Now, the psychologists shut off the cold water, removed one monkey from the cage and replaced it with a new one. The new monkey saw the banana and started to climb the stairs. To his surprise and horror, all of the other monkeys attacked him. After another attempt and attack, he discovered that if he tried to climb the stairs, he would be assaulted.
Next they removed another of the original five monkeys and replaced it with a new one. The newcomer went to the stairs and was attacked. The previous newcomer took part in the punishment with enthusiasm! Likewise, they replaced a third original monkey with a new one, then a fourth, then the fifth. Every time the newest monkey tried to climb the stairs, he was attacked.
The monkeys had no idea why they were not permitted to climb the stairs or why they were beating any monkey that tried. After replacing all the original monkeys, none of the remaining monkeys had ever been sprayed with cold water. Nevertheless, no monkey ever again approached the stairs to try for the banana. Why not? Because as far as they know that’s the way it’s always been around here.
People sometimes do the same in the workplace. How many times have you heard “It has always been done this way. Don’t mess with what works.” Instead of challenging these assumptions, many of us, like the monkeys, simply keep reproducing what has been done before. It’s the easiest thing to do.
At a seminar, a participant told me a humorous story of where this kind of acceptance of assumptions can lead. A quality management consultant was hired by a small English manufacturing company to advise them on improving general operating efficiency. The company produced a report which dealt with various aspects of productivity. At the top-right corner of one form, there was a small box. The consultant noted that the figure ‘0’ had been written in every such report for the past year. On questioning the members of the staff who completed the report, they told him that they always put a zero in that box, and when he asked them why they told him they were told do so by their supervisor. The supervisor told him he guessed it had to do with accidents but wasn’t sure. It had always been “0” for the twenty-five years he had been there, so he continued the practice. It, too, was something he was told to do by his former supervisor.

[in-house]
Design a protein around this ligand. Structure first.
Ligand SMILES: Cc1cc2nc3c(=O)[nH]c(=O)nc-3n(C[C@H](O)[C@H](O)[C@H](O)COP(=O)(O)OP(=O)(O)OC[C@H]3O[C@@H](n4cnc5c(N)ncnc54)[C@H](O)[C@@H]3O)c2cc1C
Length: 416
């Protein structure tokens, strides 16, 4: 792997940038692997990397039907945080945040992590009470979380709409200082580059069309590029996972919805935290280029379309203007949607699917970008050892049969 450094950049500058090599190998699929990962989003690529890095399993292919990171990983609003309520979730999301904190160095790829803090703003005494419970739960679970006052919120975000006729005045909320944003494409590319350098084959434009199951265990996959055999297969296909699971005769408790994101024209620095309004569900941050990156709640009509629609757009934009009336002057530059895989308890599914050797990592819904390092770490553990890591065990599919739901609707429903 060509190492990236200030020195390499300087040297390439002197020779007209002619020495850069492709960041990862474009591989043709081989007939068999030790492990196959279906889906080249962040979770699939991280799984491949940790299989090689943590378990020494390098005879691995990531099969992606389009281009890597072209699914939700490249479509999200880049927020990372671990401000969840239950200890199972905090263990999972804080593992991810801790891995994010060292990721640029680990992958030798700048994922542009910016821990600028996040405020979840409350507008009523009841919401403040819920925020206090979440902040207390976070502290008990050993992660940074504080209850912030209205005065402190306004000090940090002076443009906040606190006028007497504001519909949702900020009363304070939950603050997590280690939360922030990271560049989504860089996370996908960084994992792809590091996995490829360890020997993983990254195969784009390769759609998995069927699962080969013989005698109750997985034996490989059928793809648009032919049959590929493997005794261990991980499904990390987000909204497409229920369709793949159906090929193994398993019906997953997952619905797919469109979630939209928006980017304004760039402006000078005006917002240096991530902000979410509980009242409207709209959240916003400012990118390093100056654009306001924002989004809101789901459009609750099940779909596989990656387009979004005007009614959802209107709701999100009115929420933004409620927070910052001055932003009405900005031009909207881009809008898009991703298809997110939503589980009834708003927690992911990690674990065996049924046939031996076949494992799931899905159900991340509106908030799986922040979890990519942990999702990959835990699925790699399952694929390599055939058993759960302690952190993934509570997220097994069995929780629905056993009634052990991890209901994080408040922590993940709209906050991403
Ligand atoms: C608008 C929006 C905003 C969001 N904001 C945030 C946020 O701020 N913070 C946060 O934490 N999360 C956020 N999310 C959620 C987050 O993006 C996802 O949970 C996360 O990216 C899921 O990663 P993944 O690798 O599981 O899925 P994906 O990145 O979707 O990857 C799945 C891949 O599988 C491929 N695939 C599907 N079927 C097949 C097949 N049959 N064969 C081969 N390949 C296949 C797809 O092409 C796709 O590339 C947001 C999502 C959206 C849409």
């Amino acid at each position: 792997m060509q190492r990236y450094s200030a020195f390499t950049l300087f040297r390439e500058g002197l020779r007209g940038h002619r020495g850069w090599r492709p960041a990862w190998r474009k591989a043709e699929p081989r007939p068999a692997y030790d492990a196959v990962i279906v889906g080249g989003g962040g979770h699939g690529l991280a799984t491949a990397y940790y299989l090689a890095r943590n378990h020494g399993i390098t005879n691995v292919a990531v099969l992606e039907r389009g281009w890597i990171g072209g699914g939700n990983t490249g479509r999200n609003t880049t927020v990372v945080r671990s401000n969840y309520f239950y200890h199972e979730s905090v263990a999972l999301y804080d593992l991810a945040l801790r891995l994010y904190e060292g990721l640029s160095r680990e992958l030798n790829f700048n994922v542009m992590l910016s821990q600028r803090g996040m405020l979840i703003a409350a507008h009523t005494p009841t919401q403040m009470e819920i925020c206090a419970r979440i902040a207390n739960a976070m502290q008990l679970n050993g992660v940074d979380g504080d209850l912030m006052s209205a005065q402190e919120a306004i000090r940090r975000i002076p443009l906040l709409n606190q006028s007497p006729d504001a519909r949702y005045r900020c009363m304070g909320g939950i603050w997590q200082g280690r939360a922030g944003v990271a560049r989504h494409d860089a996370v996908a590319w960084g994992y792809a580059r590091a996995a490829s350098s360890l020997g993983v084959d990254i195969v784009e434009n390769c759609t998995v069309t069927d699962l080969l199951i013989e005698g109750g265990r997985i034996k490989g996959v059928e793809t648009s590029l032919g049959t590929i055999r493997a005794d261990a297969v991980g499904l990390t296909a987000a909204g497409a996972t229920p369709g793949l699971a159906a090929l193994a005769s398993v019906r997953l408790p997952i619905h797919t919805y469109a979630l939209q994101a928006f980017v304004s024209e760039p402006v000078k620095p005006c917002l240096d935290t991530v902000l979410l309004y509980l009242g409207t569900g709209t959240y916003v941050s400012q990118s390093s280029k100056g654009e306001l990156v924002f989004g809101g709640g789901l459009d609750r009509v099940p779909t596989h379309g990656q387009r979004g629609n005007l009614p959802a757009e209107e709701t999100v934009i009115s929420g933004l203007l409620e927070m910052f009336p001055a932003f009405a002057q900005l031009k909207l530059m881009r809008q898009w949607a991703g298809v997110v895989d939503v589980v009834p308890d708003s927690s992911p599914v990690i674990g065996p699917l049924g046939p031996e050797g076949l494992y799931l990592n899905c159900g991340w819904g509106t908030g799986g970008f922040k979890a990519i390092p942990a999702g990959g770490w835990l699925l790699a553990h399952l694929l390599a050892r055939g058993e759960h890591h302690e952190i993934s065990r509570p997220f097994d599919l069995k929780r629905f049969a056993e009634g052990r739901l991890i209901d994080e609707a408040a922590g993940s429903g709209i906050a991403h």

The consultant could find no one in the company who could tell him what the box represented. Intrigued, he went to the warehouse where the company kept its archives to see what he could discover about the form. The company was founded in 1937 and the records were preserved all the way back to 1940. He found the old reports, he saw that the zero return had continued uninterrupted for as far back as the records extended. Eventually, he found the box that catalogued all the originals of the forms the company had used during its history dating back to 1940. In it, he found the original report which was created in 1941, in pristine condition. In the top right corner was the mysterious box, with the heading clearly shown …… ‘Number of Air Raids Today.’ Over time, the heading disappeared but the box remained.
We automatically accept what we are taught and exclude all other lines of thought. The same thing happens when we see something odd or unusual in our experiences. We tend to accept whatever explanation someone with experience tells us. This kind of thinking reminds me of herring gulls. Herring gulls have a drive to remove all red objects from their nest. They also have a drive to retrieve any egg that rolls away from the nest. If you place a red egg in the nest, when the gull returns she will push it out, then roll it back in, then push it out again, only to retrieve it once more.
Michael Michalko is the author of the highly acclaimed Thinkertoys: A Handbook of Creative Thinking Techniques; Cracking Creativity: The Secrets of Creative Genius; ThinkPak: A Brainstorming Card Deck and Creative Thinkering: Putting Your Imagination to Work.